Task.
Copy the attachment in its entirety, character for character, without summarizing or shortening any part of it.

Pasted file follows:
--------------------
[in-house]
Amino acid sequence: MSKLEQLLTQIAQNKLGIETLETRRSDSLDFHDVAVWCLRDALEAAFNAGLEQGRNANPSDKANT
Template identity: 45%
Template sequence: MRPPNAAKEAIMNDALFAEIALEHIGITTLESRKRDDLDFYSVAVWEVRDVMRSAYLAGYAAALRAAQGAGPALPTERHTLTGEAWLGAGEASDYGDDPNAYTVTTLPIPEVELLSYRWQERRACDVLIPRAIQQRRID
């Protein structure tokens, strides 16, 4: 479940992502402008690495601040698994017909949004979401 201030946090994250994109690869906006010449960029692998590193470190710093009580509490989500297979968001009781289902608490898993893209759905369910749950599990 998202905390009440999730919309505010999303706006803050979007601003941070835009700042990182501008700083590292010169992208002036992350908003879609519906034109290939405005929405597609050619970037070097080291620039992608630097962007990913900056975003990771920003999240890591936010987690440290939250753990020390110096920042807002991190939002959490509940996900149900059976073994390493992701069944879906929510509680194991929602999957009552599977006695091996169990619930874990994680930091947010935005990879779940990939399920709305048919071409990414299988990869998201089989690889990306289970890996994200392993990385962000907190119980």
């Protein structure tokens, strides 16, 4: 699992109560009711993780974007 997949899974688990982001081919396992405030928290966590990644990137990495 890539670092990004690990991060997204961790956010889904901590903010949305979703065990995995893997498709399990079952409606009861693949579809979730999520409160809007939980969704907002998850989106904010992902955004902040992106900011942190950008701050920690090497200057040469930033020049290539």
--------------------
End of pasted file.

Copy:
[in-house]
Amino acid sequence: MSKLEQLLTQIAQNKLGIETLETRRSDSLDFHDVAVWCLRDALEAAFNAGLEQGRNANPSDKANT
Template identity: 45%
Template sequence: MRPPNAAKEAIMNDALFAEIALEHIGITTLESRKRDDLDFYSVAVWEVRDVMRSAYLAGYAAALRAAQGAGPALPTERHTLTGEAWLGAGEASDYGDDPNAYTVTTLPIPEVELLSYRWQERRACDVLIPRAIQQRRID
């Protein structure tokens, strides 16, 4: 479940992502402008690495601040698994017909949004979401 201030946090994250994109690869906006010449960029692998590193470190710093009580509490989500297979968001009781289902608490898993893209759905369910749950599990 998202905390009440999730919309505010999303706006803050979007601003941070835009700042990182501008700083590292010169992208002036992350908003879609519906034109290939405005929405597609050619970037070097080291620039992608630097962007990913900056975003990771920003999240890591936010987690440290939250753990020390110096920042807002991190939002959490509940996900149900059976073994390493992701069944879906929510509680194991929602999957009552599977006695091996169990619930874990994680930091947010935005990879779940990939399920709305048919071409990414299988990869998201089989690889990306289970890996994200392993990385962000907190119980």
């Protein structure tokens, strides 16, 4: 699992109560009711993780974007 997949899974688990982001081919396992405030928290966590990644990137990495 890539670092990004690990991060997204961790956010889904901590903010949305979703065990995995893997498709399990079952409606009861693949579809979730999520409160809007939980969704907002998850989106904010992902955004902040992106900011942190950008701050920690090497200057040469930033020049290539």